Hopes are high that the US president will come to Cork as part of what is expected to be a two or three-day visit in which his wife Michelle will meet children at a number of schools around the country.
As details of the presidential trip are worked out by governments both sides of the Atlantic, US Secretary of State Hillary Clinton said she would “love to” accompany the president if her schedule allowed.
It is uncertain if the president will visit Enda Kenny’s home county of Mayo. It’s more likely that Vice-President Joe Biden will travel to the county, where his mother came from, when he pays an official visit later in the year.
Hopes that the president will visit Cork were given a massive boost after he mentioned anti-slavery campaigner Frederick Douglass during his St Patrick’s Day reception in the White House.
While the president is expected to visit his ancestral home in Moneygall, Co Offaly, influential Irish-American politicians working on a human rights initiative in Cork in honour of Douglass said his comments are hugely significant.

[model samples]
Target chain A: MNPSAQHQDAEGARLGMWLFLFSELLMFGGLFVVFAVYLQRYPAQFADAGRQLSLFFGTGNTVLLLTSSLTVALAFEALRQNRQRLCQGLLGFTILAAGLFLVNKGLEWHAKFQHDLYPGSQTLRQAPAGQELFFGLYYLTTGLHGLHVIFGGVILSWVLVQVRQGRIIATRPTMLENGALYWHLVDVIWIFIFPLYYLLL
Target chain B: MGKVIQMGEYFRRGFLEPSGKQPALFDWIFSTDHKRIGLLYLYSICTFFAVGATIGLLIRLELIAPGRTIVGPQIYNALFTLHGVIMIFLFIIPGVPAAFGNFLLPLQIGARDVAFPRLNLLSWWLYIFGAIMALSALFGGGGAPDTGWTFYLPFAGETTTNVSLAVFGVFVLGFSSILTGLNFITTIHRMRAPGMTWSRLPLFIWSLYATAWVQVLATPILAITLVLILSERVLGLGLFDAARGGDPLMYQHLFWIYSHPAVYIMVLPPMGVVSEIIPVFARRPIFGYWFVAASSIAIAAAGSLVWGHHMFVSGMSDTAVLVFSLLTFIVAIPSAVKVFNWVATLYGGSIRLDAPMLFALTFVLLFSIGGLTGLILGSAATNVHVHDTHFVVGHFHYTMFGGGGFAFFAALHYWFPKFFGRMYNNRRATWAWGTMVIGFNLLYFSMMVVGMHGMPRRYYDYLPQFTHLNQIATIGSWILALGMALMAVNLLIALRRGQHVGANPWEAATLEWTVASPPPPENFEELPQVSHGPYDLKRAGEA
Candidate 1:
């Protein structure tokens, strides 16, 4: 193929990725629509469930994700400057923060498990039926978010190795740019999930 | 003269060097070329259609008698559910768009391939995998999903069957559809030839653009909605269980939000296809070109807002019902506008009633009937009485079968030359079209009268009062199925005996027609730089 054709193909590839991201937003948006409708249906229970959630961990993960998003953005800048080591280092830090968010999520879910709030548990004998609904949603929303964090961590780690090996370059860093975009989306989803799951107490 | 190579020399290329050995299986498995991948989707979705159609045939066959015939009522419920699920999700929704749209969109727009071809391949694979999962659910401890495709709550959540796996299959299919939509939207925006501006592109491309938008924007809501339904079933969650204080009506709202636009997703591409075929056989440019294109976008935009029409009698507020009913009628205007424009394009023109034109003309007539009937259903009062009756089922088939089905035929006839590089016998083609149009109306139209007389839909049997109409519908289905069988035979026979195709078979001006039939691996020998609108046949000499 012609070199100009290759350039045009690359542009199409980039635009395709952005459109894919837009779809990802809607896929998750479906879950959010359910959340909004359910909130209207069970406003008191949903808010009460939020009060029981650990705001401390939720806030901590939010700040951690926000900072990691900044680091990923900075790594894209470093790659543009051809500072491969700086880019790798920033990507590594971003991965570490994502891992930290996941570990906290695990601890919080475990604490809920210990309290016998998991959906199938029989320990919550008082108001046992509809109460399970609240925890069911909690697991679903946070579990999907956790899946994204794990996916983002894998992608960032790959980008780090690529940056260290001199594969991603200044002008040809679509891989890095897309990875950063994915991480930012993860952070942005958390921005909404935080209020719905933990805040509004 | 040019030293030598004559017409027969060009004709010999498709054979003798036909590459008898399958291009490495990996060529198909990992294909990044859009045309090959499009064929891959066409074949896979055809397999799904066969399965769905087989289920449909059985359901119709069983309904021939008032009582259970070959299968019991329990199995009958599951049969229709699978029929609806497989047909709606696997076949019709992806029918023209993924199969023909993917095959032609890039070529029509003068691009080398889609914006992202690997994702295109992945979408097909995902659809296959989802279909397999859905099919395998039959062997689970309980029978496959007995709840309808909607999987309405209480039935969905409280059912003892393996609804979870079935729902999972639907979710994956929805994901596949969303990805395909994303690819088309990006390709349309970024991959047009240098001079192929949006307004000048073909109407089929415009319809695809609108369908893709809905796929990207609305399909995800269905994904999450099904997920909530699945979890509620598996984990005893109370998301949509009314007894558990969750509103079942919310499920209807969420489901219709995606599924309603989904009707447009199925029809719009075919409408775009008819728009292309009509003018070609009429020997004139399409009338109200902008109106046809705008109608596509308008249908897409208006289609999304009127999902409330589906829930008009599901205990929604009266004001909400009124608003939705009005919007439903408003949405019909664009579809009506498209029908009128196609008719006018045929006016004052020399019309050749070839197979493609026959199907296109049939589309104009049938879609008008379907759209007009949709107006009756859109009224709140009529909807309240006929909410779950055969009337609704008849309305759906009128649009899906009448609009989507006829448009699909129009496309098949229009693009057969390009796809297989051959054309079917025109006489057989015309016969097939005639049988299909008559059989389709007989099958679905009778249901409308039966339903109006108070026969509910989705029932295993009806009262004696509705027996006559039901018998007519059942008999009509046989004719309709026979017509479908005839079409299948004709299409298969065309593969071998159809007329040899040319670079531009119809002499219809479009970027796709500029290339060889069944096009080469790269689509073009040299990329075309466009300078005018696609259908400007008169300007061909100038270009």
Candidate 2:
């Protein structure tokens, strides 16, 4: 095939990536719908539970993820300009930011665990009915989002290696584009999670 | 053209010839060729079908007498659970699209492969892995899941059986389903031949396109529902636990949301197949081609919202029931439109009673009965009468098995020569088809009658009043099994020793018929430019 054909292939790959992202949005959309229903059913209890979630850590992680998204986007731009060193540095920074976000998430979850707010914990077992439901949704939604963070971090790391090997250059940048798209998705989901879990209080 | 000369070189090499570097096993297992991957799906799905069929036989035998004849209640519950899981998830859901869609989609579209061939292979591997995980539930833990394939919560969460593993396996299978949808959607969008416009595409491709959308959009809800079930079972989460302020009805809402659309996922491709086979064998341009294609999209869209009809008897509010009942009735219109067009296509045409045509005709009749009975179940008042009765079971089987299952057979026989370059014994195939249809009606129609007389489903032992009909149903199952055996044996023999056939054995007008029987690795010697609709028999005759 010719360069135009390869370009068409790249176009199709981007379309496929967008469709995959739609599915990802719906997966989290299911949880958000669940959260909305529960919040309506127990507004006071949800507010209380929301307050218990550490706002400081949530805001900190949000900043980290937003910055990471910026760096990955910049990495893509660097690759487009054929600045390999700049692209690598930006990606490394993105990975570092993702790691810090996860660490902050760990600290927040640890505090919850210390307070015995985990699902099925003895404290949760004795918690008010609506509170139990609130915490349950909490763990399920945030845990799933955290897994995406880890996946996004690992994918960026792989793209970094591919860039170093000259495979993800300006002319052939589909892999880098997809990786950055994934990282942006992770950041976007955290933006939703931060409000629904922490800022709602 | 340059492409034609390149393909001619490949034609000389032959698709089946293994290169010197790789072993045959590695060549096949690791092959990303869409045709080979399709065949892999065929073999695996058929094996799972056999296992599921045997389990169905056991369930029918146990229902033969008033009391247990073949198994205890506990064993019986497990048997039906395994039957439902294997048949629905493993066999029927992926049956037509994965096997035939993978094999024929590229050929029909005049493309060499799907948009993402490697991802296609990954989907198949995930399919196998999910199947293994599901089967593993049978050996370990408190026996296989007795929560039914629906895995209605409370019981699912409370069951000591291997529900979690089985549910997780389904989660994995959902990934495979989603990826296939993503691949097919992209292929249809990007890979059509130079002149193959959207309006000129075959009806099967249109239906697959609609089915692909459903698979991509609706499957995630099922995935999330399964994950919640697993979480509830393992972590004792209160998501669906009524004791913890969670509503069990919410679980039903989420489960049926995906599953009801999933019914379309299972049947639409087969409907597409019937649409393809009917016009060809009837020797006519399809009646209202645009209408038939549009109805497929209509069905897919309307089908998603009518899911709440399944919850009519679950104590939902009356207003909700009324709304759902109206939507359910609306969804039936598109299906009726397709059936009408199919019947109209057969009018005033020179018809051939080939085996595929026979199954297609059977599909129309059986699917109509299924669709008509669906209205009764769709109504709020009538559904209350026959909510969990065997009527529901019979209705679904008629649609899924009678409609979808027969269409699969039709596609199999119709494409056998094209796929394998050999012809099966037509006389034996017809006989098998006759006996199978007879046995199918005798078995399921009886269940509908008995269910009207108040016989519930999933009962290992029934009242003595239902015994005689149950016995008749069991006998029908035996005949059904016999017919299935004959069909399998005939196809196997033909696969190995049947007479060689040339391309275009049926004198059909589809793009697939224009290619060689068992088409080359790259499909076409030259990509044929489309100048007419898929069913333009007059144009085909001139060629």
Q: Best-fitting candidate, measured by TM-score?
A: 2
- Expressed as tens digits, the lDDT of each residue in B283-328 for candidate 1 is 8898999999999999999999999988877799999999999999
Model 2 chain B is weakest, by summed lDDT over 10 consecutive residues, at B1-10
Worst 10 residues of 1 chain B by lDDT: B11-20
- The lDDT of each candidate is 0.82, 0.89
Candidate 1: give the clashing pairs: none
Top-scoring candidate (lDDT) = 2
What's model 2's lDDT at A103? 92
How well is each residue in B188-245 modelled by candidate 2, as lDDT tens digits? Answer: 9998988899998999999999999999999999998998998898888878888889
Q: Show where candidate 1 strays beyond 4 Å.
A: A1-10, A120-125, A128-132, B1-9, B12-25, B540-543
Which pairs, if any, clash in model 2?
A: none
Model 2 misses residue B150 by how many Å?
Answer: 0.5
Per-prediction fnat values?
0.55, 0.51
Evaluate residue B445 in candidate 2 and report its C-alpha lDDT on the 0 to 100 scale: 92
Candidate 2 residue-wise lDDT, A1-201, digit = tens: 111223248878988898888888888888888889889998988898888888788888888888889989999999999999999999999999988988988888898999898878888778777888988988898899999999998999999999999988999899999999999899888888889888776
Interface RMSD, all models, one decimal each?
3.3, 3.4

Mr Obama said Douglass and emancipator Daniel O’Connell “shared a universal desire for freedom; one that cannot be contained by language or culture or even the span of an ocean”.
“Stories like this remind us just how deeply intertwined our two nations are,” he said.
Four US congressmen including Joseph Crowley, a six-term member of the US House of Representatives and co-chair of the house’s committee for Irish affairs, have now formally invited the president to visit Leeside to unveil the Frederick Douglass Monument and Memorial Lecture Series in University College Cork.
“The statue will be the first monument in Ireland honouring an African- American, and as such will serve as a powerful symbol of the shared history between Irish-Americans and African-Americans,” said Mr Crowley.
Taoiseach Enda Kenny said last night that the visit means Mr Obama “believes in Ireland” and it is now time to start believing in ourselves. He said no country could expect to have the British queen and the American president visit within a week of each other, and it is a huge opportunity for Irish tourism, Irish business and the Irish people.
Mr Kenny said when Mr Obama referred to offering Ireland “practical assistance”, he meant close co-operation.